I'm keeping a low profile, after finding myself unpopular in Havering, as reported in the Romford Recorder (with the passage of time, the link doesn't work any more). I suppose if someone is going to take out a fatwah on me, I'd rather it was Humanists.
But we have been busy. Faced with the long summer vacation, Bob was on the lookout for projects, and a kind friend donated a 36 year old ride-on mower which had been abandoned in a field for several years. We have spent many oily and abortive hours on it, me rather more than him (I'd like to think this showcases my qualities of patience and dogged determination, but really it is because he had better things to do).
Yesterday we were finally rewarded when the 8 hp rear-mounted engine burst into life, drowning out the sound of a passing muck-spreader and filling the garage with exhaust. We high-fived, after which he had to go and swarfega his hand.
Today we will test the gears and drive. There is no steering wheel as yet, and it has a steering problem which I don't want to go into because it's embarrassing. We don't know if the clutch will engage, or once engaged, disengage. The test is therefore fraught with danger. My idea is to set the thing up crossways on the garage forecourt, facing a hedge, and delegate Bob to sit on board and work the gear lever and pedals. I shall stand well to one side, possibly wearing a helmet. On the scale of domestic accidents, it has the potential to be an unusual one, although more predictable than most.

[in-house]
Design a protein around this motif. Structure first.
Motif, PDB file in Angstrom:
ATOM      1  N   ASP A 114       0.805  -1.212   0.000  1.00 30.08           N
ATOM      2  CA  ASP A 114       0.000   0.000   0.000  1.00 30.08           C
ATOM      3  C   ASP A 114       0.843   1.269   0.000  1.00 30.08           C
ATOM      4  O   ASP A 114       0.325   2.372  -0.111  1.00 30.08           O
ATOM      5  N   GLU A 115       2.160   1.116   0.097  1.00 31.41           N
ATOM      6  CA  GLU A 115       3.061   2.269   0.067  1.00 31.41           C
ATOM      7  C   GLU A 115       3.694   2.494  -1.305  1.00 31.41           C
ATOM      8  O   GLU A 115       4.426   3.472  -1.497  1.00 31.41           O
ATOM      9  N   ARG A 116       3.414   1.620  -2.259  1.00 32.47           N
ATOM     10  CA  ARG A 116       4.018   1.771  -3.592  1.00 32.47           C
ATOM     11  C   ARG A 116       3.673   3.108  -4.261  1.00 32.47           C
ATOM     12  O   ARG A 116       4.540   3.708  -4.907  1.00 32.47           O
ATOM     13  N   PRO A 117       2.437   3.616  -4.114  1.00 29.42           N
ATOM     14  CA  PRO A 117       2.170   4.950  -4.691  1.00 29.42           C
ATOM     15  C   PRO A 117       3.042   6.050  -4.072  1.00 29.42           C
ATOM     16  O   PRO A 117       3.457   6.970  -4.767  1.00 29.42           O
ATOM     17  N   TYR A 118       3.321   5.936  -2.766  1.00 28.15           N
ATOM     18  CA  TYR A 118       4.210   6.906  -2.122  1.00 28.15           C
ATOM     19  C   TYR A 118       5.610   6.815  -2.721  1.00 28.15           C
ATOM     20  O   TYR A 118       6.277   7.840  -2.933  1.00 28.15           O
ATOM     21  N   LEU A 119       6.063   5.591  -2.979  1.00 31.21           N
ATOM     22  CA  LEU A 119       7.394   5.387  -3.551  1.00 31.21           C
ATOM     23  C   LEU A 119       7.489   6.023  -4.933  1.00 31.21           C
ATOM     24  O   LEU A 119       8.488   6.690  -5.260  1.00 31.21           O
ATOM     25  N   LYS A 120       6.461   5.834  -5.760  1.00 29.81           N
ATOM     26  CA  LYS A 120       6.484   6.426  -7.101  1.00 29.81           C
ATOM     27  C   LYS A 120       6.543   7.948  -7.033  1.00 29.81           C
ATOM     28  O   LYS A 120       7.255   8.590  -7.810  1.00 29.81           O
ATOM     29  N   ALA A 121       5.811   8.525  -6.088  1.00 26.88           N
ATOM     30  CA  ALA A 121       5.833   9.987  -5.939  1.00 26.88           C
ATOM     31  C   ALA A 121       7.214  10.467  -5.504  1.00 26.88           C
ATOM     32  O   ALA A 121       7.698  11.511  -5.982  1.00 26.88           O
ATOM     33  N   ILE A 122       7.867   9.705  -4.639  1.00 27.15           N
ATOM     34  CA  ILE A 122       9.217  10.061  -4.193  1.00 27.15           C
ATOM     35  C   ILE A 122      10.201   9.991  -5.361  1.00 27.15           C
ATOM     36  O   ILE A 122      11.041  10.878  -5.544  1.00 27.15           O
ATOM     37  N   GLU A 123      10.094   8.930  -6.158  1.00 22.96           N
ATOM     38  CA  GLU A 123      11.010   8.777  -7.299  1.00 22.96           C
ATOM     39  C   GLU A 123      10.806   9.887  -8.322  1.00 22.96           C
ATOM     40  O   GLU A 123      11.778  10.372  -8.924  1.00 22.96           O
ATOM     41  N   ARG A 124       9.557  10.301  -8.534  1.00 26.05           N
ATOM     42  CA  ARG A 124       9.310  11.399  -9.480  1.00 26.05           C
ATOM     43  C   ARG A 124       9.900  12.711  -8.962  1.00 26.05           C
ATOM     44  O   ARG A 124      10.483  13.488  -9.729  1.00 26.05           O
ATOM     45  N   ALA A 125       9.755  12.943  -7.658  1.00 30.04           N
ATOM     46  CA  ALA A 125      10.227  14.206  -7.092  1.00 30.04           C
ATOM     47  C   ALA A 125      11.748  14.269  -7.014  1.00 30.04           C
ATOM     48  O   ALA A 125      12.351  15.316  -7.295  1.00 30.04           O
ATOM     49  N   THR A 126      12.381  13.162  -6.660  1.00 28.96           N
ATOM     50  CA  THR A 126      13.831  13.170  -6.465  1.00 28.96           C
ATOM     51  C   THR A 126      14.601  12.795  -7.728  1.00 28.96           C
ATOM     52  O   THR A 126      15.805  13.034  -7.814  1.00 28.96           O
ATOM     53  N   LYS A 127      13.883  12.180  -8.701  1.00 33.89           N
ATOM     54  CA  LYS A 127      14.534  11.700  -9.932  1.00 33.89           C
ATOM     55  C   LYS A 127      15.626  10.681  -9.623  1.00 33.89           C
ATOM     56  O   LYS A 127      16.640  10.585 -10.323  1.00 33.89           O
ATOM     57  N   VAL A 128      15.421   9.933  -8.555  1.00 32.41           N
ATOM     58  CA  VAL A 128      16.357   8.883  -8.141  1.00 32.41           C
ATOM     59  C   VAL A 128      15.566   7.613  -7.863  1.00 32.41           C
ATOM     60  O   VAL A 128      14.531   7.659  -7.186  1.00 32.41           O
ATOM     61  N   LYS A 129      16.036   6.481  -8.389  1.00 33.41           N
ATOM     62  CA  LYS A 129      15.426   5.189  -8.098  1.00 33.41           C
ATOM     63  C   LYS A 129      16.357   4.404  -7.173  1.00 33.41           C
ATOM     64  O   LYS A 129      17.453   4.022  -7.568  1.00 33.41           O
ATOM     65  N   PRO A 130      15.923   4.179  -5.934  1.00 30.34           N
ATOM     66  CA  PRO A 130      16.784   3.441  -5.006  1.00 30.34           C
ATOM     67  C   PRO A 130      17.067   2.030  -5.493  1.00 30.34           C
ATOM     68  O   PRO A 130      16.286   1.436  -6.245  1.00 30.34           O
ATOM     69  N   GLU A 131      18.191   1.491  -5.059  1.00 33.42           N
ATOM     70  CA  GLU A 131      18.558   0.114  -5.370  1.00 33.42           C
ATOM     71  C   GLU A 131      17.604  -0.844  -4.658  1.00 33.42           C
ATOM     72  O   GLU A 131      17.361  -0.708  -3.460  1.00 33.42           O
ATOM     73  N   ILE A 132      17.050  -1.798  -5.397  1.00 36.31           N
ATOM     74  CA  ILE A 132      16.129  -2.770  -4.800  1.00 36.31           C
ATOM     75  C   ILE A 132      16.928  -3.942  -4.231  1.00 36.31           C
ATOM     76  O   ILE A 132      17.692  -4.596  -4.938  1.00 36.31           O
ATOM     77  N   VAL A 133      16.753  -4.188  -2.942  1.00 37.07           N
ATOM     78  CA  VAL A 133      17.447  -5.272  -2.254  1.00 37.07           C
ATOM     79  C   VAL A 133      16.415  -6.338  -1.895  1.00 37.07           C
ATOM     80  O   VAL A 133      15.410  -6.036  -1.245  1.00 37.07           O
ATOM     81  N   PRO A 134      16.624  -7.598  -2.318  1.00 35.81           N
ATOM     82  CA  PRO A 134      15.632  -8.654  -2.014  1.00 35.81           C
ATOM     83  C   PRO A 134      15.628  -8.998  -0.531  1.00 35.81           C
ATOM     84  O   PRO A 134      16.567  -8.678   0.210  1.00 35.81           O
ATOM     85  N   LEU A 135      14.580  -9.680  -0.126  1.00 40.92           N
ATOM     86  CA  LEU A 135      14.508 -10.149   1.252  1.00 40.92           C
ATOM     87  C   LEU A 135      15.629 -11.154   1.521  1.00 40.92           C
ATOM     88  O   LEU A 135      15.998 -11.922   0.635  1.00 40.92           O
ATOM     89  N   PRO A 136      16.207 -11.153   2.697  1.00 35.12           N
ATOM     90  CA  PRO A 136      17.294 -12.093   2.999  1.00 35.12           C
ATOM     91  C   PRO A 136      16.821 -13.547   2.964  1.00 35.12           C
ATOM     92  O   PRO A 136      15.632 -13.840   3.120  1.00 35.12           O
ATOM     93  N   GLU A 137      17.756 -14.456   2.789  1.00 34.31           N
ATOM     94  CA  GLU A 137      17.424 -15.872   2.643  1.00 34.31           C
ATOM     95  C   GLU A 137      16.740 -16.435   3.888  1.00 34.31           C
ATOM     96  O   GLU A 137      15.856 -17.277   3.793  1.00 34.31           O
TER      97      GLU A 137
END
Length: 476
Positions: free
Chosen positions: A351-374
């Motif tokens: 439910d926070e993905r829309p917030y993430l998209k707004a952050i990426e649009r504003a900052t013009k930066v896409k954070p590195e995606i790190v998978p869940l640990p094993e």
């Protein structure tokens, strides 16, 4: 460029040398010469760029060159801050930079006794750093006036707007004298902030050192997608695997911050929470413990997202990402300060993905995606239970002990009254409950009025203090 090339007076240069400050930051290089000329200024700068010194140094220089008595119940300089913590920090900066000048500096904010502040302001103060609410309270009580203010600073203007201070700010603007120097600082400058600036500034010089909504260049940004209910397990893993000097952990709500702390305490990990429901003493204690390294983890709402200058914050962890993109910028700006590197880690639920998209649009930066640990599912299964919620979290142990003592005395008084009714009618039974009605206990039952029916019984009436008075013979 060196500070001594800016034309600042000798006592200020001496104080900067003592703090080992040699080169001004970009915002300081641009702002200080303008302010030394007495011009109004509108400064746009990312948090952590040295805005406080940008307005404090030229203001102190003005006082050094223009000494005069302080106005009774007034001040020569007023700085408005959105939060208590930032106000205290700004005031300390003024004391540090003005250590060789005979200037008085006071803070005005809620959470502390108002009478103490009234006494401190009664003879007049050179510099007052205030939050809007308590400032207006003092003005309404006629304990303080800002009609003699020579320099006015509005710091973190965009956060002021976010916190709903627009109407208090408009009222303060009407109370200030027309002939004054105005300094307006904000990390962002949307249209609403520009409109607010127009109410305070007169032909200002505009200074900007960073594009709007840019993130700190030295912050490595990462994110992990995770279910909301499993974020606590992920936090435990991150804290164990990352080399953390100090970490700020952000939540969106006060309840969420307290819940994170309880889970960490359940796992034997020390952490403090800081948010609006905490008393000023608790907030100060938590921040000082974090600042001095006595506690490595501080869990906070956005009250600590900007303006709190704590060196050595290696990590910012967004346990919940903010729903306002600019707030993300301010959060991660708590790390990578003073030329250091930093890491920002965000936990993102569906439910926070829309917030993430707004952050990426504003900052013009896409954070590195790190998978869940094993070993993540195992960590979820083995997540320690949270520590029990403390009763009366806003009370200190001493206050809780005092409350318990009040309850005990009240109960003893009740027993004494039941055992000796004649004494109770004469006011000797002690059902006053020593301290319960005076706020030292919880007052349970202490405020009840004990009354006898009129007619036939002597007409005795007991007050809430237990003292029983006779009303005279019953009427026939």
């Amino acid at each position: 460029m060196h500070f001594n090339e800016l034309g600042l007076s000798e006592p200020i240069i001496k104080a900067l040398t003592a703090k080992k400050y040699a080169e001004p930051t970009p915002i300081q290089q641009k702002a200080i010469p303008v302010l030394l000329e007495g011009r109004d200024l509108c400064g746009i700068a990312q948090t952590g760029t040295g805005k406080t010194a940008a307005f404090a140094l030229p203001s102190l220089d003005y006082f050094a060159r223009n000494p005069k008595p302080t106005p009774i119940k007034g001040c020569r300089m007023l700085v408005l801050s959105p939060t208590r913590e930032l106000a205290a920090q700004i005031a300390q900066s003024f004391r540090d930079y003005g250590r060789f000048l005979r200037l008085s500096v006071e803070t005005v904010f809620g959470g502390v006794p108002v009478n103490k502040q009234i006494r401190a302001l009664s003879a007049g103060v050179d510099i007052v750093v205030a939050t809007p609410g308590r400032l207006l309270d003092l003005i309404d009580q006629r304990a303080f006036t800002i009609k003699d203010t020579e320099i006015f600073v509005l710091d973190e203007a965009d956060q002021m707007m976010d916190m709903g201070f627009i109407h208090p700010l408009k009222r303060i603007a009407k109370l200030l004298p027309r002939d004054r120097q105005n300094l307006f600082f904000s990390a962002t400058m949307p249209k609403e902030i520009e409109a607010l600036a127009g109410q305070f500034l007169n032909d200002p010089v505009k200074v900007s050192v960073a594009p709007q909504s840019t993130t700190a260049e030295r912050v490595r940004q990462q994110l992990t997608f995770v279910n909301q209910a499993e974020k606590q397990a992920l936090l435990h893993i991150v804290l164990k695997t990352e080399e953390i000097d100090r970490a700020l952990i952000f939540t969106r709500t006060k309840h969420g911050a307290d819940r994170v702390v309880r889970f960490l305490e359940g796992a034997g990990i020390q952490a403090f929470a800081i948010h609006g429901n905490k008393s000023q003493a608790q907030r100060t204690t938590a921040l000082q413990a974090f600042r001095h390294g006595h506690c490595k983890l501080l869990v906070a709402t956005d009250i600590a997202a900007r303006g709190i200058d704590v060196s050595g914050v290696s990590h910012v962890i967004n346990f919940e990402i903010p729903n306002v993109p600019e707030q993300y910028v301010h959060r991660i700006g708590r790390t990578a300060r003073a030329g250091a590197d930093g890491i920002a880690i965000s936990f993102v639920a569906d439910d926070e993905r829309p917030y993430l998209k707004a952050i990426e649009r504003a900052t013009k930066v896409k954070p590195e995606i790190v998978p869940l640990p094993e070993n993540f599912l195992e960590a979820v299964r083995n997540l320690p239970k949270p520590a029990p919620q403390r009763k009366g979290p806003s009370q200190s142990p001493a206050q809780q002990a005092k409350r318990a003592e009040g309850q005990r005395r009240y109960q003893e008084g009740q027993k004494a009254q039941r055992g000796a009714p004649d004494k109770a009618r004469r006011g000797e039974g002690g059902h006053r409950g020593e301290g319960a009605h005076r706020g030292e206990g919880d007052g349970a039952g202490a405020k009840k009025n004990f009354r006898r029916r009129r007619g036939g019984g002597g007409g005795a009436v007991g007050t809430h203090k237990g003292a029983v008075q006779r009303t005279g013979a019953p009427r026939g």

Speaking of domestic accidents, the neighbours recently took off for a relaxing few days in their delightful moulin in the Limousin. On arrival, unlocking the front door, they disturbed a nest of particularly vicious, French-speaking bees. Under intense attack, she took off across an expanse of uncut meadow and leapt into the river. Landing on a submerged rock she damaged her leg, whilst her arm flew up and the car keys shot out of her hand into the drink.
Spurred by her cries he gallantly galumphed down, flailing his arms against the swarm, and plunged in after her, losing his glasses in the process. Her leg was not fully functional, so after crawling around the river bed and retrieving both specs and keys, he braved the still angry bees to try and bring the four-track down to the river to rescue her. Unfortunately everything was a bit overgrown and he reversed the back end into the medieval millrace.
Still under attack he managed to get her into the relative safety of the car and, with a coat over his head, began trying to lever it out with a baulk of timber as she revved. After several attempts, with smoke now pouring from the wheels, she opened the driver's window a crack and asked, 'Should I take the handbrake off?'